|Ward of Bread Street|
Paternoster Square is located
within Bread Street Ward.
Ward of Bread Street shown within Greater London
|OS grid reference|
|Sui generis||City of London|
|Administrative area||Greater London|
|Sovereign state||United Kingdom|
|Police||City of London|
|UK Parliament||Cities of London and Westminster|
|London Assembly||City and East|
Bread Street is one of the 25 wards of the City of London that takes its name from its principal street, which was anciently the bread market; for by the records it appears as that in 1302: the bakers of London were ordered to sell no bread at their houses but in the open market at Bread Street. The road itself is just under 500 ft (153 m) in length and now forms the eastern boundary of the ward after the 2003 boundary changes.
The modern ward extends much further west from Bread Street itself and includes Paternoster Square, a modern development to the north of St Paul's Cathedral and home of the London Stock Exchange since 2004. The City's only major shopping centre, One New Change, is located within the ward; the complex was opened in 2010.
As with most of the City's 25 wards, the boundaries of Bread Street were altered quite considerably in 2003, having remained almost unchanged for centuries. The ward is now bounded on the north by the Cheap ward; on the east by Cordwainer; on the south by Queenhithe and Vintry; and on the west by Castle Baynard and Farringdon Within. Its street boundaries are Bread Street in the east; Newgate Street and Cheapside in the north; Warwick Lane and Ave Maria Lane in the west; and Queen Victoria Street to the south.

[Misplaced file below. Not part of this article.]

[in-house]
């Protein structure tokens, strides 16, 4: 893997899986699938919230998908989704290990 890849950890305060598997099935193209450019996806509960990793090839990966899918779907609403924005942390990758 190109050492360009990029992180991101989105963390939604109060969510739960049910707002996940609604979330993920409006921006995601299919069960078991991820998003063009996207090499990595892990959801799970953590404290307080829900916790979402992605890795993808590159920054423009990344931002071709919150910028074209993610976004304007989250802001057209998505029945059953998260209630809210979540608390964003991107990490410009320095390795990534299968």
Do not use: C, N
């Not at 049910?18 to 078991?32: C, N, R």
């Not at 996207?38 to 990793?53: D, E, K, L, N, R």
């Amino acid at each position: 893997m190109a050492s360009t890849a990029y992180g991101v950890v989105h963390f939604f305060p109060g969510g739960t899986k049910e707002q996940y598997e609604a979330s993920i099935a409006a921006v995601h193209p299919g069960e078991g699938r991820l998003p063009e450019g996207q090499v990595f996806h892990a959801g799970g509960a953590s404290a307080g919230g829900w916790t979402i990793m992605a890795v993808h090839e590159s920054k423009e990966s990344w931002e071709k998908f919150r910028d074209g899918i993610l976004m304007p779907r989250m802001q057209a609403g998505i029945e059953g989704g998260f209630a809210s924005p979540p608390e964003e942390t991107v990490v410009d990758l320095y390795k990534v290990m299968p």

St Paul's Cathedral is outside the ward boundaries, being in Castle Baynard, but St Paul's Cathedral School, situated between the cathedral and New Change, is within the Ward.
Guilds and churches
Five successive halls of the Worshipful Company of Cordwainers (workers in fine leather) stood in the ward. They are commemorated by a blue plaque in the gardens of St Paul's facing Cannon Street. The fifth and last hall was built in 1909-10 but, on the night of 10 May 1941, was gutted during the Blitz.
There were once two churches in the ward, All Hallows Bread Street and St Mildred, Bread Street, both to the design of Christopher Wren. Today their former parishes comprise part of St Mary-le-Bow on Cheapside. All Hallows was demolished in 1876 to make way for warehouses, and St Mildred was destroyed during the Blitz in April and May 1941.
Bread Street is one of 25 wards in the City of London, each electing one Alderman and a number of Common Councilmen (the City equivalent of a Councillor) to the Court of Common Council of the City of London Corporation. Only Freemen of the City of London are eligible to stand for office as Aldermen; to stand as a Common Councilman, a candidate must be a Freeman and also an elector, a resident, or an owner of freehold or leasehold land within the City.
Admiral Arthur Phillip was Commander of the First Fleet and first Governor of New South Wales; baptised at All Hallows' Bread Street in 1738, he entered the Royal Navy in 1755 and died on 31 August 1814 and is remembered on Australia Day. A bust of Phillip can be seen in the church gardens at Watling Street.
- 30 Edw. I. The Court Rolls
- Book 2, Ch. 9: Bread Street Ward, A New History of London: Including Westminster and Southwark (1773), pp. 558-60 accessed: 21 May 2007
- City of London police - Ward Profile accessed: 21 May 2007
- Cordwainers' Later History accessed 21 May 2007
- London Parishes accessed 21 May 2007
- The Gentleman's Magazine. W. Pickering. 1845. pp. 546–.
- Map of Early Modern London: Bread Street Ward - Historical Map and Encyclopedia of Shakespeare's London (Scholarly)
- Map of Early Modern London - Historical Map and Encyclopedia of Shakespeare's London, showing ward boundaries and reproducing John Stow's description of the wards (Scholarly)